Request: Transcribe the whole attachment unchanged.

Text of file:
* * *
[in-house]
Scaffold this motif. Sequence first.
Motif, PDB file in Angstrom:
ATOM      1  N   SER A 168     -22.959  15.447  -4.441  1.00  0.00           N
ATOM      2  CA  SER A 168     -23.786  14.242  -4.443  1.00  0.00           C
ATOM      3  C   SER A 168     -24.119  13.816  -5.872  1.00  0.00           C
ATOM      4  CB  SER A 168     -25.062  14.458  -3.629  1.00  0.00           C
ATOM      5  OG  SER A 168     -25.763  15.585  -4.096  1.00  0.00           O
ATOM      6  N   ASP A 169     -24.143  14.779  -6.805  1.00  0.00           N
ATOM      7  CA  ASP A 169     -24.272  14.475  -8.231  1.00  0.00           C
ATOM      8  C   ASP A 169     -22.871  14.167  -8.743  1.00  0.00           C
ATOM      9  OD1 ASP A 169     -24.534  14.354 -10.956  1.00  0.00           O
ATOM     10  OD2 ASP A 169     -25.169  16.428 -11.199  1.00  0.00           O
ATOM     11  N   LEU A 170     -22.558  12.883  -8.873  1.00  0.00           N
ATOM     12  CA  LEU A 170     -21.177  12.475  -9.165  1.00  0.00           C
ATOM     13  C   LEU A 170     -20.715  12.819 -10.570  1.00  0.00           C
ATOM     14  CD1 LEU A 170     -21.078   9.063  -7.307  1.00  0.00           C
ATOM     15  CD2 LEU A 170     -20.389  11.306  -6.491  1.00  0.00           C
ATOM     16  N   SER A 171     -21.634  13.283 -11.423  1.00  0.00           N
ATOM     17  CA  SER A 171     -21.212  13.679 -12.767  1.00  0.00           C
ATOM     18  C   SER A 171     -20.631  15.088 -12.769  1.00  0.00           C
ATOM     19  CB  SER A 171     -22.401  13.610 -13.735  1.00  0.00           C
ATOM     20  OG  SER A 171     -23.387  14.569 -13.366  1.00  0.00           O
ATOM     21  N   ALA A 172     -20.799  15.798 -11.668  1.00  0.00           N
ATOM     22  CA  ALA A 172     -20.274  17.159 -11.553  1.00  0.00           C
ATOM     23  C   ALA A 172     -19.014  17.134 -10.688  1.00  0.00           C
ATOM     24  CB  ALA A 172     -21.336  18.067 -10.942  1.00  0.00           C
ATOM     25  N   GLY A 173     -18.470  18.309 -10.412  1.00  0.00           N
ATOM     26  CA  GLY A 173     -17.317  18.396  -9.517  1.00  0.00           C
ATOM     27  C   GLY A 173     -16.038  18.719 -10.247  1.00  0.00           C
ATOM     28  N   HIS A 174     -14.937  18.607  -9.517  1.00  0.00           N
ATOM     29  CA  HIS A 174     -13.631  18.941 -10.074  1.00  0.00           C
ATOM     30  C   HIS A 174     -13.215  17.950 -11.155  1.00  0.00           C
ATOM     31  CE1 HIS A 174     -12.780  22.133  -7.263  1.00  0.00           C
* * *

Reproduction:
[in-house]
Scaffold this motif. Sequence first.
Motif, PDB file in Angstrom:
ATOM      1  N   SER A 168     -22.959  15.447  -4.441  1.00  0.00           N
ATOM      2  CA  SER A 168     -23.786  14.242  -4.443  1.00  0.00           C
ATOM      3  C   SER A 168     -24.119  13.816  -5.872  1.00  0.00           C
ATOM      4  CB  SER A 168     -25.062  14.458  -3.629  1.00  0.00           C
ATOM      5  OG  SER A 168     -25.763  15.585  -4.096  1.00  0.00           O
ATOM      6  N   ASP A 169     -24.143  14.779  -6.805  1.00  0.00           N
ATOM      7  CA  ASP A 169     -24.272  14.475  -8.231  1.00  0.00           C
ATOM      8  C   ASP A 169     -22.871  14.167  -8.743  1.00  0.00           C
ATOM      9  OD1 ASP A 169     -24.534  14.354 -10.956  1.00  0.00           O
ATOM     10  OD2 ASP A 169     -25.169  16.428 -11.199  1.00  0.00           O
ATOM     11  N   LEU A 170     -22.558  12.883  -8.873  1.00  0.00           N
ATOM     12  CA  LEU A 170     -21.177  12.475  -9.165  1.00  0.00           C
ATOM     13  C   LEU A 170     -20.715  12.819 -10.570  1.00  0.00           C
ATOM     14  CD1 LEU A 170     -21.078   9.063  -7.307  1.00  0.00           C
ATOM     15  CD2 LEU A 170     -20.389  11.306  -6.491  1.00  0.00           C
ATOM     16  N   SER A 171     -21.634  13.283 -11.423  1.00  0.00           N
ATOM     17  CA  SER A 171     -21.212  13.679 -12.767  1.00  0.00           C
ATOM     18  C   SER A 171     -20.631  15.088 -12.769  1.00  0.00           C
ATOM     19  CB  SER A 171     -22.401  13.610 -13.735  1.00  0.00           C
ATOM     20  OG  SER A 171     -23.387  14.569 -13.366  1.00  0.00           O
ATOM     21  N   ALA A 172     -20.799  15.798 -11.668  1.00  0.00           N
ATOM     22  CA  ALA A 172     -20.274  17.159 -11.553  1.00  0.00           C
ATOM     23  C   ALA A 172     -19.014  17.134 -10.688  1.00  0.00           C
ATOM     24  CB  ALA A 172     -21.336  18.067 -10.942  1.00  0.00           C
ATOM     25  N   GLY A 173     -18.470  18.309 -10.412  1.00  0.00           N
ATOM     26  CA  GLY A 173     -17.317  18.396  -9.517  1.00  0.00           C
ATOM     27  C   GLY A 173     -16.038  18.719 -10.247  1.00  0.00           C
ATOM     28  N   HIS A 174     -14.937  18.607  -9.517  1.00  0.00           N
ATOM     29  CA  HIS A 174     -13.631  18.941 -10.074  1.00  0.00           C
ATOM     30  C   HIS A 174     -13.215  17.950 -11.155  1.00  0.00           C
ATOM     31  CE1 HIS A 174     -12.780  22.133  -7.263  1.00  0.00           C